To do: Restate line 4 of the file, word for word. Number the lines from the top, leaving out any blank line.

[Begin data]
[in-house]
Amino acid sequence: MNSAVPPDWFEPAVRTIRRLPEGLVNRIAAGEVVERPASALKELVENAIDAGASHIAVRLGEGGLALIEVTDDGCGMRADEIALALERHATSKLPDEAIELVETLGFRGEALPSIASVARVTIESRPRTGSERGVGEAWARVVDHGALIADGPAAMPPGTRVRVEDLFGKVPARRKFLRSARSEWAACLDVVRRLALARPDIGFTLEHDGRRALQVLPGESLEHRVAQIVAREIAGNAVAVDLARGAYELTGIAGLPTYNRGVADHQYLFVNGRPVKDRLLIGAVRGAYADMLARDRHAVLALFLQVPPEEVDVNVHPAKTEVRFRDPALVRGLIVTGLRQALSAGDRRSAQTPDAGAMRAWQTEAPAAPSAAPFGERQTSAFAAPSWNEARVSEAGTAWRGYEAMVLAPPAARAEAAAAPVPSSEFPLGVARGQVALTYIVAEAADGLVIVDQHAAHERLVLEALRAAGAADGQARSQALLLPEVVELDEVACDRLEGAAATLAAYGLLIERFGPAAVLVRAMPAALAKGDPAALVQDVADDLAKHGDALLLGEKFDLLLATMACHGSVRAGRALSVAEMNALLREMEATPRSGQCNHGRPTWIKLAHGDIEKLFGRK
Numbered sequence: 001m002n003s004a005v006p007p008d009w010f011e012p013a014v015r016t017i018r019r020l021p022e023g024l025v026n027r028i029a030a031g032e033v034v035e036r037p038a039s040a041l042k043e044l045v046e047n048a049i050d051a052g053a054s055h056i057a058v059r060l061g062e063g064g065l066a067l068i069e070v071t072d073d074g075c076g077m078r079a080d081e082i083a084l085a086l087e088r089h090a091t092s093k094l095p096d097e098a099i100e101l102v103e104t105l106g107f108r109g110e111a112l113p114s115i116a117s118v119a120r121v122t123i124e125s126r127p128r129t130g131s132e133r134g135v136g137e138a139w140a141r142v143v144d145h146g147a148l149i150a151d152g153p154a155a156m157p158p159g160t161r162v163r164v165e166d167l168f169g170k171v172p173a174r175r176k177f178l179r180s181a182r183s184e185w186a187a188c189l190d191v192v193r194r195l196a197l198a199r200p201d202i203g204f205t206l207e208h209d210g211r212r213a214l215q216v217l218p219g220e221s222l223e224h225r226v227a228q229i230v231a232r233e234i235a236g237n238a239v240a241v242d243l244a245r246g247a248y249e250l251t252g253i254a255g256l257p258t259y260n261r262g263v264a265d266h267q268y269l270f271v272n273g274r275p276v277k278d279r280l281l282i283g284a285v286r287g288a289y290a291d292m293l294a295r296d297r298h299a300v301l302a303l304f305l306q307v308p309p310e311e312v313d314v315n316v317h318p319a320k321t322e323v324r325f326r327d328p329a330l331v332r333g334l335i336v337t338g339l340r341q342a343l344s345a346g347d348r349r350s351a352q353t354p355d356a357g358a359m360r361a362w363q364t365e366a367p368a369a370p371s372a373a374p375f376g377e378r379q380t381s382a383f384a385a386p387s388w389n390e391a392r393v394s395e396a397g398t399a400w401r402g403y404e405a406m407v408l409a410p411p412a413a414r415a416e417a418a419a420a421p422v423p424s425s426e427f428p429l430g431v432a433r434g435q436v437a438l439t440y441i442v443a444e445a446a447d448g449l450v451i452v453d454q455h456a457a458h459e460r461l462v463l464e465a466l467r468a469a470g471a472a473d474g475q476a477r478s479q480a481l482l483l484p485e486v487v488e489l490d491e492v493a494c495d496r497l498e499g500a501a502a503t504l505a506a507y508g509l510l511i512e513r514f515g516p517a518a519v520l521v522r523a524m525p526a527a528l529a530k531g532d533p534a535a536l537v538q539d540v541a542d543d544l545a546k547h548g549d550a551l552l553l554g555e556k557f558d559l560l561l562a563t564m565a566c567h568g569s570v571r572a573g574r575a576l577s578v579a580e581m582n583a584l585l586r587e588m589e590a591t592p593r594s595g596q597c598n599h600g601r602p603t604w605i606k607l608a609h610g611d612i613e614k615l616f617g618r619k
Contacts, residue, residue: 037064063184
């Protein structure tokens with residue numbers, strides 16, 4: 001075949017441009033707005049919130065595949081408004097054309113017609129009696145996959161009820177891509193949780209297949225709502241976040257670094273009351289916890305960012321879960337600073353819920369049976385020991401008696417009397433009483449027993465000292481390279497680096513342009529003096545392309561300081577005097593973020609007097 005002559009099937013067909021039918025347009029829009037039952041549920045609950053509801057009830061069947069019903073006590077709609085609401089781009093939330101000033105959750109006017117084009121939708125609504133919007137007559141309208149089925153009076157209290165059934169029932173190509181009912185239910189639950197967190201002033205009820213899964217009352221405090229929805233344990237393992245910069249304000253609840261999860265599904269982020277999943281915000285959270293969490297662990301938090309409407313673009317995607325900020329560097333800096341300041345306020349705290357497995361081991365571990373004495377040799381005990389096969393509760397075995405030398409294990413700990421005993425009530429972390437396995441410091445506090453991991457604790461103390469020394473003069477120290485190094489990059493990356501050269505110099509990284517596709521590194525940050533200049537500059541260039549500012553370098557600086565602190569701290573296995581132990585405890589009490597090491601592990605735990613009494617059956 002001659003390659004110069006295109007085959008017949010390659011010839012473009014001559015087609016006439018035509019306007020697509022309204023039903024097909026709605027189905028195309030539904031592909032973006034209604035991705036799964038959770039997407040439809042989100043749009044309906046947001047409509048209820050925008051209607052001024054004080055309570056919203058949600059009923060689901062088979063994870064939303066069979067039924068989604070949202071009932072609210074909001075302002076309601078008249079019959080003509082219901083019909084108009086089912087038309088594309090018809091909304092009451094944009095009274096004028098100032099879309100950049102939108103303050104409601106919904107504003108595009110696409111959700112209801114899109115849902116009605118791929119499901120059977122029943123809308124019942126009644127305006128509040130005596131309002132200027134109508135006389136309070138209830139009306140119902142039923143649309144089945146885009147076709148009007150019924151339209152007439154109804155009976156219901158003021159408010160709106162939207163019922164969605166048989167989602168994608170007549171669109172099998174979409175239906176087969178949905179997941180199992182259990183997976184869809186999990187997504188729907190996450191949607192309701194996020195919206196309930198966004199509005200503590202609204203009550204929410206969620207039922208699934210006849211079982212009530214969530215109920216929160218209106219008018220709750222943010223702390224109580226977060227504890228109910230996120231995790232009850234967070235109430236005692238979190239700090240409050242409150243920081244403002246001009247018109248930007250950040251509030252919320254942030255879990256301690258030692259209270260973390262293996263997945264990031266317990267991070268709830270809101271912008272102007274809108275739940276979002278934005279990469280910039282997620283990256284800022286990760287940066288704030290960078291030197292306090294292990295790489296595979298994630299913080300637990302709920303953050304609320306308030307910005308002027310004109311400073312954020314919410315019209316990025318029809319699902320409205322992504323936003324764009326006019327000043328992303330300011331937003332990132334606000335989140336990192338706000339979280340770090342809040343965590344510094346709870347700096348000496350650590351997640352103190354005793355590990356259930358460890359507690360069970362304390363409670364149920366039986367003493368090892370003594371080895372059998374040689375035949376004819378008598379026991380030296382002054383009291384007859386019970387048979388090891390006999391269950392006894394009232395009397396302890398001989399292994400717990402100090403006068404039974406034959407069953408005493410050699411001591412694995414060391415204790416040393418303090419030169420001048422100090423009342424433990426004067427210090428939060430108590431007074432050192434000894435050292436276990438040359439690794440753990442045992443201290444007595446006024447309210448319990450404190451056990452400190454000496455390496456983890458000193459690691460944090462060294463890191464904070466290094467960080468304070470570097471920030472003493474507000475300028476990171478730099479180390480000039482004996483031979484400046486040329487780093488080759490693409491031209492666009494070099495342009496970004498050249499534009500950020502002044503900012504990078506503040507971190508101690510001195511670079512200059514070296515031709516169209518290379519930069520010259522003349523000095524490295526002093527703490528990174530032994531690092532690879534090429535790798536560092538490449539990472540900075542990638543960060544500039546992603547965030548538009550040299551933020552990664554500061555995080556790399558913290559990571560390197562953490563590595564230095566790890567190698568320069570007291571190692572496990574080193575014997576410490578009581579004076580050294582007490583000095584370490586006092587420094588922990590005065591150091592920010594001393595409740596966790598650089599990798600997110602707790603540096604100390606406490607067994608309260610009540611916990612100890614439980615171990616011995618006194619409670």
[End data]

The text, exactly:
Contacts, residue, residue: 037064063184